The Italian government approved new measures to crack down on migration Monday, after the southern island of Lampedusa was again overwhelmed by a wave of arrivals setting off from Tunisia and the migration issue returned to center stage in Europe with talk of a naval blockade.
The measures approved by the Cabinet focused on migrants who don’t qualify for asylum and are slated to be repatriated to their home countries. The government extended the amount of time such people can be detained to the EU maximum of 18 months. It also plans to increase the number of detention centers to hold them, since capacity has always been insufficient and many of those scheduled to be returned home manage to head farther north.
Premier Giorgia Meloni announced the “extraordinary measures” after Lampedusa, which is closer to Tunisia in North Africa than the Italian mainland, was overwhelmed last week by nearly 7,000 migrants in a day, more than the island’s resident population. Italy has been offloading them slowly by ferry to Sicily and other ports, but the arrivals once again stoked tensions on the island and in political corridors, especially ahead of European Parliament elections next year.
Amid the domestic and EU political jockeying, Meloni resurrected campaign calls for a naval blockade of North Africa to prevent human traffickers from launching their smuggling boats into the Mediterranean. Meloni was on hand in Tunis in June when the European Commission president signed an accord with the Tunisian government pledging economic aid in exchange for help preventing departures.
A similar accord was signed years ago with Libya but human rights groups have blasted it as a violation of international maritime law, insisting that Libya isn’t a safe port and that migrants intercepted by the Libyan coast guard are returned to detention centers where abuses are rife.
Meloni visited Lampedusa on Sunday with Commission President Ursula von der Leyen, who took a hard line cheered by Meloni’s supporters.
“We will decide who comes to the European Union, and under what circumstances. Not the smugglers,” Von der Leyen said as she laid out a 10-point plan that included a pledge of support to prevent departures of smuggling boats by establishing “operational partnerships on anti-smuggling” with countries of origins and transit.
The plan envisages a possible “working arrangement between Tunisia and Frontex,” the EU border force with air and sea assets that currently assists search and rescue operations in the Mediterranean, and a coordinating task force within Europol.
The Commission hasn’t ruled out the possibility that a naval blockade is under consideration. “We have expressed the support to explore these possibilities” raised by Italy, Commission spokeswoman Anitta Hipper said Monday.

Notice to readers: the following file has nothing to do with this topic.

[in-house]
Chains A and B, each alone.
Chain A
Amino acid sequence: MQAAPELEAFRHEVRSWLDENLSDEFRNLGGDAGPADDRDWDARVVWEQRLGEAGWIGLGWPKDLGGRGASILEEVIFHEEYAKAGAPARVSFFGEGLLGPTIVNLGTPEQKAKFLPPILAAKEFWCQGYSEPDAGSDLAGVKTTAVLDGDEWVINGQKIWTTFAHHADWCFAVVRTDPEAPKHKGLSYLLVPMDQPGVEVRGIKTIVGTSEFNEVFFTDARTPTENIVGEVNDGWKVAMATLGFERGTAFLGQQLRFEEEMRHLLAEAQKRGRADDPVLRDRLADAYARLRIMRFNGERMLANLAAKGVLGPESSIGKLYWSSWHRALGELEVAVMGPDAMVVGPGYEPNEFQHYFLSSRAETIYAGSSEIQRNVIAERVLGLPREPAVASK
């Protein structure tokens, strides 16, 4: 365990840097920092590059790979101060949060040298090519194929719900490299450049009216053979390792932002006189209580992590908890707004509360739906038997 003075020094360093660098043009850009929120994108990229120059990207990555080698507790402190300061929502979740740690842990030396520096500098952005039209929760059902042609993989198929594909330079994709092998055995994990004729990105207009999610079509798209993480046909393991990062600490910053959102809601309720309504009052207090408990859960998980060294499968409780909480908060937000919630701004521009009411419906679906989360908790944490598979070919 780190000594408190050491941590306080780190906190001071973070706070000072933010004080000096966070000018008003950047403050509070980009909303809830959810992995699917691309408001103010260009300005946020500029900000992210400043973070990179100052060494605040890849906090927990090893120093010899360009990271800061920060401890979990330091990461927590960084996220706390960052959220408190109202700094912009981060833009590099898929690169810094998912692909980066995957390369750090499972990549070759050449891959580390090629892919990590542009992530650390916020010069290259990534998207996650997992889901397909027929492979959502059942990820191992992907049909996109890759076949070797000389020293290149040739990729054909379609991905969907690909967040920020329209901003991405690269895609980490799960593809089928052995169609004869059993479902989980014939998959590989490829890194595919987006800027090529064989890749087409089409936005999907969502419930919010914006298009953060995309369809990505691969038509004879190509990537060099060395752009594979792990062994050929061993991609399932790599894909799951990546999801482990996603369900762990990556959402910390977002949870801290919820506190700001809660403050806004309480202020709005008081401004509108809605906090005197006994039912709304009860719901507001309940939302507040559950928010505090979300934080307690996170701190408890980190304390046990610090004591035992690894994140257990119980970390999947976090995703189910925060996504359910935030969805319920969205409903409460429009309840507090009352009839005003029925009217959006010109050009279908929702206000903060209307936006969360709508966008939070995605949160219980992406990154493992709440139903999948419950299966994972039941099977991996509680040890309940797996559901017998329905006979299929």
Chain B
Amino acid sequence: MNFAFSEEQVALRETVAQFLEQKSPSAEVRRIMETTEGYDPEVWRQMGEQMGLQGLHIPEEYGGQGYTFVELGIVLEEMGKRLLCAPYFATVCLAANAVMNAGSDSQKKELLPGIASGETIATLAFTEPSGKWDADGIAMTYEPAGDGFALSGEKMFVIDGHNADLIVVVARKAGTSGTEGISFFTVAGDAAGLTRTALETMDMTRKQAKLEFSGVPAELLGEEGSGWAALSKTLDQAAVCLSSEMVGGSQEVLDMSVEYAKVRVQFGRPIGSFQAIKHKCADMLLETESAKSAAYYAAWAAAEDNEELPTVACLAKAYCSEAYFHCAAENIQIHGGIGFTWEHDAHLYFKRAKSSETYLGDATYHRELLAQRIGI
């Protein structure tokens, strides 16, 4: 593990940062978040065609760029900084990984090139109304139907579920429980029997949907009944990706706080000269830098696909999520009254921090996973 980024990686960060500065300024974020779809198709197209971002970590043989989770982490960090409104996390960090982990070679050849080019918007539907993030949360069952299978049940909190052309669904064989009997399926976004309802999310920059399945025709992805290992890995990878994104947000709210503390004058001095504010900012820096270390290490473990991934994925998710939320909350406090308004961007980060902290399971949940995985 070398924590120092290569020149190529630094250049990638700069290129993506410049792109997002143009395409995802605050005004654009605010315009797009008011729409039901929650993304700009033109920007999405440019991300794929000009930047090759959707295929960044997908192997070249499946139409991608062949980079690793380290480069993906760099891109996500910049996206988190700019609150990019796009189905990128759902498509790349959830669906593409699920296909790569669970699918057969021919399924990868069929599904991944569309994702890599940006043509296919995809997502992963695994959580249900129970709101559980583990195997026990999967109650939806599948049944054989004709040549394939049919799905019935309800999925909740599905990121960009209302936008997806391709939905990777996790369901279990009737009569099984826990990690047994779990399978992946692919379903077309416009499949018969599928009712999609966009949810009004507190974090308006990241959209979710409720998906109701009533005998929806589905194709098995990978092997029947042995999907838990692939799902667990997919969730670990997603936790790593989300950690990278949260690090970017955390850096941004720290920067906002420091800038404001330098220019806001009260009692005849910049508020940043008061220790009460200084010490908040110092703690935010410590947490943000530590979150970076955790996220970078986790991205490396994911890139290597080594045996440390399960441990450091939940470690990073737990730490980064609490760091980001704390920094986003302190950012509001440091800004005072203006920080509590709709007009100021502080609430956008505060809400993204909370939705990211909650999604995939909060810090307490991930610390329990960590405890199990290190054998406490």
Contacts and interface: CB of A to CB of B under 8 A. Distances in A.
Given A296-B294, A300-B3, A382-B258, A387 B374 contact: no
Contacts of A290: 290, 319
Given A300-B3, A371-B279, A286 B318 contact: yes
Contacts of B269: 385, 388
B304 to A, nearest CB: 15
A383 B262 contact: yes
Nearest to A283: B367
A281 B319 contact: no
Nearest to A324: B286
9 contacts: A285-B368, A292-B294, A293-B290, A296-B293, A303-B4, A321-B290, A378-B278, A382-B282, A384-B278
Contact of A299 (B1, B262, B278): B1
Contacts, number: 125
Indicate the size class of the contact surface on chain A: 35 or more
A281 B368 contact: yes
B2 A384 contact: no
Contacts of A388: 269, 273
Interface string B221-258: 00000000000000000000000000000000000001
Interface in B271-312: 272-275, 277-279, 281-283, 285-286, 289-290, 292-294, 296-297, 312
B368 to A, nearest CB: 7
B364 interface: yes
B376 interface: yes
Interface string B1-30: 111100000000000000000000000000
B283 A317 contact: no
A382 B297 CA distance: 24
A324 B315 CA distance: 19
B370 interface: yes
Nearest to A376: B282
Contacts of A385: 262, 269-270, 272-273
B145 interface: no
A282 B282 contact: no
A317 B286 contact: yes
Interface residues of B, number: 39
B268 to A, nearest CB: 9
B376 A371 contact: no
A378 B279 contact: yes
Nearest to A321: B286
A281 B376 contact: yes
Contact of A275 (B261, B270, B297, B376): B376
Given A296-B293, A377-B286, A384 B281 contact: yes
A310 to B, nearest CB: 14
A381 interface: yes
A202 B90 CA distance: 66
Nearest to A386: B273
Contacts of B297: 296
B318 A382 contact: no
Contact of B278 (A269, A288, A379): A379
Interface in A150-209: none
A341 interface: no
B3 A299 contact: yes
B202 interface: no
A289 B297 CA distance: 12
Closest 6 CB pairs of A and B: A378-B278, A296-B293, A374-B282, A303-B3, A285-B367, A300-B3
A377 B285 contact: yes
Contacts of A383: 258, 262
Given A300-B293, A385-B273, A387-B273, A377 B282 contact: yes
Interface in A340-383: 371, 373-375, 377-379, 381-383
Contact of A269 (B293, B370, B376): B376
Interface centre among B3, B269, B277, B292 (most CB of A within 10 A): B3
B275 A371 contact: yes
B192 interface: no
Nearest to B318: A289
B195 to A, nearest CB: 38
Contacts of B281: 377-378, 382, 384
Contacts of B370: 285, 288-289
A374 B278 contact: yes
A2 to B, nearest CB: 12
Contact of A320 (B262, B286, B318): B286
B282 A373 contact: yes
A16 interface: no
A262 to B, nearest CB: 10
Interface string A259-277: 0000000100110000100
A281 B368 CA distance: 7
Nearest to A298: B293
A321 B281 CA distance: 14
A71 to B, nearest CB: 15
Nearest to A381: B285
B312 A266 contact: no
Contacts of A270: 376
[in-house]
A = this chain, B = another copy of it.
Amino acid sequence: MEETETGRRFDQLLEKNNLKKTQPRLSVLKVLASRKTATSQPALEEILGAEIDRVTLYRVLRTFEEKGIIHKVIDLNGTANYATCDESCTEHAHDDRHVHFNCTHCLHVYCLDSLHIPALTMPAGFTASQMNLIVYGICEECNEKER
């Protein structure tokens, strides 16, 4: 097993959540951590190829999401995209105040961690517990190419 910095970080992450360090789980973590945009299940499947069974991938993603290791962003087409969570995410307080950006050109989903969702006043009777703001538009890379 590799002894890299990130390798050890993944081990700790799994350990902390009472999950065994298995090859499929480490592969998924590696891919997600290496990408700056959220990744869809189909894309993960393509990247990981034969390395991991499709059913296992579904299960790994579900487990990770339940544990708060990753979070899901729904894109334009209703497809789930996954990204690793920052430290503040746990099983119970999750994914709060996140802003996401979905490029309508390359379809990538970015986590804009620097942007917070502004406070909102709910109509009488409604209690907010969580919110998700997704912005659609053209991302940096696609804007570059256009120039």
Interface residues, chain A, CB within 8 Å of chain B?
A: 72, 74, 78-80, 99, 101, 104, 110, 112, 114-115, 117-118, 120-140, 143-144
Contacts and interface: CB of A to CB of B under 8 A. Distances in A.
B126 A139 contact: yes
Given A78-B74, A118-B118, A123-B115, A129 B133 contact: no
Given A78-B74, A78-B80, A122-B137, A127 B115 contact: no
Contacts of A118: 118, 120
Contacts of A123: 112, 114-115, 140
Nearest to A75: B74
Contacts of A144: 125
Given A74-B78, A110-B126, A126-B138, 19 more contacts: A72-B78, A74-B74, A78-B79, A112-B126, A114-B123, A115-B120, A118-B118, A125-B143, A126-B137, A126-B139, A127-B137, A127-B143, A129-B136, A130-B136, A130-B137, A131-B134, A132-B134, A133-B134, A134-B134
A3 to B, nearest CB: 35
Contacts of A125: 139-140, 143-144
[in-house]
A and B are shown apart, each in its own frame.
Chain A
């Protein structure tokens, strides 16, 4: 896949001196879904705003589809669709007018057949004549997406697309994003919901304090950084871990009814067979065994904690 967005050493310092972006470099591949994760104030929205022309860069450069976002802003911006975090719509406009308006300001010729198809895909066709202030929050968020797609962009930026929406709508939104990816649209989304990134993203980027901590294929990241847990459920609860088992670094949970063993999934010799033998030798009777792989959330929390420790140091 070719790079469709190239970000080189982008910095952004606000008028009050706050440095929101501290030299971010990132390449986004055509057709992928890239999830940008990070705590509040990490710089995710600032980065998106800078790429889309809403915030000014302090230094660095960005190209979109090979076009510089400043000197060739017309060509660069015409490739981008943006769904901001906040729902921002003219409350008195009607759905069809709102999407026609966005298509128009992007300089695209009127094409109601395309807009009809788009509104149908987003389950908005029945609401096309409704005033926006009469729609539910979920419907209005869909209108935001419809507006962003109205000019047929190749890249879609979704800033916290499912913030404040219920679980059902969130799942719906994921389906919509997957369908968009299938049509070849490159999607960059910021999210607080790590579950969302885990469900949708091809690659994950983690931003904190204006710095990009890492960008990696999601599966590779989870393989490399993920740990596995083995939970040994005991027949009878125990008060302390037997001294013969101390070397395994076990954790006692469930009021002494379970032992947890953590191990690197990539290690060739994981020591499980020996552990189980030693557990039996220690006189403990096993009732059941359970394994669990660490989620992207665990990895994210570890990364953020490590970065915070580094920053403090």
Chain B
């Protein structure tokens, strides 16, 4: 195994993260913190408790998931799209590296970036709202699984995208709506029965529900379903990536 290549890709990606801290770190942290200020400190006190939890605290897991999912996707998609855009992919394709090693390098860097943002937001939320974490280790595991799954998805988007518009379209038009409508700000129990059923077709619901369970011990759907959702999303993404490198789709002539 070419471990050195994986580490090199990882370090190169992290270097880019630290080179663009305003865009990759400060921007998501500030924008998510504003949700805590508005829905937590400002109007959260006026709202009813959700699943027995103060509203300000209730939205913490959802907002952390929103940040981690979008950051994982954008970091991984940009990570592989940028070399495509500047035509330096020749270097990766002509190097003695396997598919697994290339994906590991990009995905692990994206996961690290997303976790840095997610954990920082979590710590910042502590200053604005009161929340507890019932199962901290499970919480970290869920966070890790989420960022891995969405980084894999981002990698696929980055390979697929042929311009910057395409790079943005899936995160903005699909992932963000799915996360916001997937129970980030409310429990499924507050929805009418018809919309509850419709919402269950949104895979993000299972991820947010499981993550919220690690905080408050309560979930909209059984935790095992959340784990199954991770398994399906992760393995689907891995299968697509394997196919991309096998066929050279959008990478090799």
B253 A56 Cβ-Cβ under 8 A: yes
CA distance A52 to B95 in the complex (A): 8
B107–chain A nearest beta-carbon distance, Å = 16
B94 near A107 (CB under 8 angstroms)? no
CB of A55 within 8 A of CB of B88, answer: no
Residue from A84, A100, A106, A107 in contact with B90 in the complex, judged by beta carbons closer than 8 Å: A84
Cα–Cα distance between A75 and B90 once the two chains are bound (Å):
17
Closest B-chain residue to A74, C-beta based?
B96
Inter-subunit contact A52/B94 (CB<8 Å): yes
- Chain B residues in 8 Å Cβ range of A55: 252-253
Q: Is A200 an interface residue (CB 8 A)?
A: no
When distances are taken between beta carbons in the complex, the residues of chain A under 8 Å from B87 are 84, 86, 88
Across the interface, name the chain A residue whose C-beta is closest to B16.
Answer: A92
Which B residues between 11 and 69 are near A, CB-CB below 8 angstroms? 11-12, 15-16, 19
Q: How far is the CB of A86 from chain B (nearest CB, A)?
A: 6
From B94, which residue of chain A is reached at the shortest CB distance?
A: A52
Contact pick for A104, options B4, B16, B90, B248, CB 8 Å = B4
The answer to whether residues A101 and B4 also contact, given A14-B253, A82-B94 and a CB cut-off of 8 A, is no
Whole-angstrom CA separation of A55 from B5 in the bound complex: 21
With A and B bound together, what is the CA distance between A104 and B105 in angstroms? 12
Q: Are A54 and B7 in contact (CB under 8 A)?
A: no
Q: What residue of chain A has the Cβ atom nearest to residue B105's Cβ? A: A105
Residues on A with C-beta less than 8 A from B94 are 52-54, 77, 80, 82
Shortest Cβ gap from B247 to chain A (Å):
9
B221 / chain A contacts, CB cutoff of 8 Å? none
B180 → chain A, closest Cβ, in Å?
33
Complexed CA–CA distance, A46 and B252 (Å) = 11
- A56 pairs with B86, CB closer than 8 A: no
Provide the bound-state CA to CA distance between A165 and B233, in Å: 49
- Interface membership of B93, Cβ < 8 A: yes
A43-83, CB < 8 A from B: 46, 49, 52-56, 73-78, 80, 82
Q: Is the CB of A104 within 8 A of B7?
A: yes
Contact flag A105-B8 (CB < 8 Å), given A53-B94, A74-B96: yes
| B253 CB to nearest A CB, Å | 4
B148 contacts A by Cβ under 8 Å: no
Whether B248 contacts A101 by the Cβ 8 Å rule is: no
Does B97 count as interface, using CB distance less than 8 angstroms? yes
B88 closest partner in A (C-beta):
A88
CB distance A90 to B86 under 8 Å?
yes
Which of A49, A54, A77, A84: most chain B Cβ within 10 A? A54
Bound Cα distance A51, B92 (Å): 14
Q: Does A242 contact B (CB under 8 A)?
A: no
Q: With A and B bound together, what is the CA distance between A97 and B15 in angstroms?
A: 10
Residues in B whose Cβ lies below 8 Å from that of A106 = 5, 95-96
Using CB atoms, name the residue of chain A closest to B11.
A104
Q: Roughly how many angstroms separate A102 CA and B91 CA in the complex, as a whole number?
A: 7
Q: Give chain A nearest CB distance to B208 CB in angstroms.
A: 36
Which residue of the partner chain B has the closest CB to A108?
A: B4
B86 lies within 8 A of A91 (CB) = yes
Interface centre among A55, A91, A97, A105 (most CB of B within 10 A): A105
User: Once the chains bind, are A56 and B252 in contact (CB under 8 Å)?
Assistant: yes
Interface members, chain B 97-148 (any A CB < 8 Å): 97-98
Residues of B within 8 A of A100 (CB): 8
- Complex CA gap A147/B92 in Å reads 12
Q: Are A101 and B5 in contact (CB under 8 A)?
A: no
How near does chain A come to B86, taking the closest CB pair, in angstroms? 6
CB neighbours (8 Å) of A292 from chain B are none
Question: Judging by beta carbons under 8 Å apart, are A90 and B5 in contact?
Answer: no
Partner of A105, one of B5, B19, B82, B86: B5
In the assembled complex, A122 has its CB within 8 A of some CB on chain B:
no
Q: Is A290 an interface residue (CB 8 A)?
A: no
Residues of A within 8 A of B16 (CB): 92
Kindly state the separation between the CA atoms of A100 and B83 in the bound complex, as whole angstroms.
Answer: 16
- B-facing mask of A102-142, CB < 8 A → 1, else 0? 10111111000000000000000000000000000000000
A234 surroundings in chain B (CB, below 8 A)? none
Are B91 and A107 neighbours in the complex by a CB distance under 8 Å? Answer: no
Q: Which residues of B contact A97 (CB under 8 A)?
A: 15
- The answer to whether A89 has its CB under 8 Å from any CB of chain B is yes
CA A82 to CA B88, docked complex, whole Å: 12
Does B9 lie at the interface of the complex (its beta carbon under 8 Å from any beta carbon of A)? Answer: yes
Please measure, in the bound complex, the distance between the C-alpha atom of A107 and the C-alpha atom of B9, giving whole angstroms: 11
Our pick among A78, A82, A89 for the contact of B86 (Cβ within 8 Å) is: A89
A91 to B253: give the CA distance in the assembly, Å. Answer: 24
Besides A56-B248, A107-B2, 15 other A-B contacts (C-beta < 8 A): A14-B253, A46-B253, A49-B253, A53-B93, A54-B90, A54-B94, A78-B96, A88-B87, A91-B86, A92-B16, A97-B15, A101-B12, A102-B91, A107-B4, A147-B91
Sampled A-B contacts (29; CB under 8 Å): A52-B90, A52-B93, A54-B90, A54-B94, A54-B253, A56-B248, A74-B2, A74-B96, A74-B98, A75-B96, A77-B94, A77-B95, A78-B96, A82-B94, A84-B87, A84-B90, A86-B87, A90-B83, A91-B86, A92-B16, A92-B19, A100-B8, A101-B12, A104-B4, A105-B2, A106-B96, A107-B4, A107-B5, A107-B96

Under the deal von der Leyen signed with Tunisia, the EU pledged to provide funds for equipment, training and technical support “to further improve the management of Tunisia’s borders.” For example, the funds are helping to pay for the refurbishment of 17 vessels belonging to Tunisian authorities.
The latest influx is challenging unity within the EU, its member states and also in Meloni’s far-right-led government, especially with European elections looming. Some member countries have objected to the way von der Leyen pushed the Tunisia plan through and complain that they were not properly consulted.
But even in Italy it’s controversial. Vice Premier Matteo Salvini, head of the populist, right-wing League, has challenged the efficacy of Meloni’s EU-Tunisia deal and hosted French right-wing leader Marine Le Pen at an annual League rally in northern Italy on Sunday. Just a few days earlier, Le Pen’s niece and far-right politician Marion Marechal was on Lampedusa blasting the French government’s response to the migration issue.
The French government of Emmanuel Macron has shifted right on migration and security issues, and on Monday, his interior minister, Gerald Darmanin, was heading to Rome for meetings. Darmanin said before he left that France would help Italy maintain its border to prevent people from arriving but was not prepared to take in migrants who have arrived in Lampedusa in recent days.
“Things are getting very difficult in Lampedusa. That’s why we should help our Italian friends. But there should not be a message given to people coming on our soil that they are welcomed in our countries no matter what,” he said on France’s Europe-1 radio.
”Our will is to fully welcome those who should be welcomed, but we should absolutely send back those who have no reason to be in Europe,” he said, citing people arriving from Ivory Coast or Guinea or Gambia, saying there is no obvious political reason to give them asylum.
Cook reported from Brussels and Charlton reported from Paris.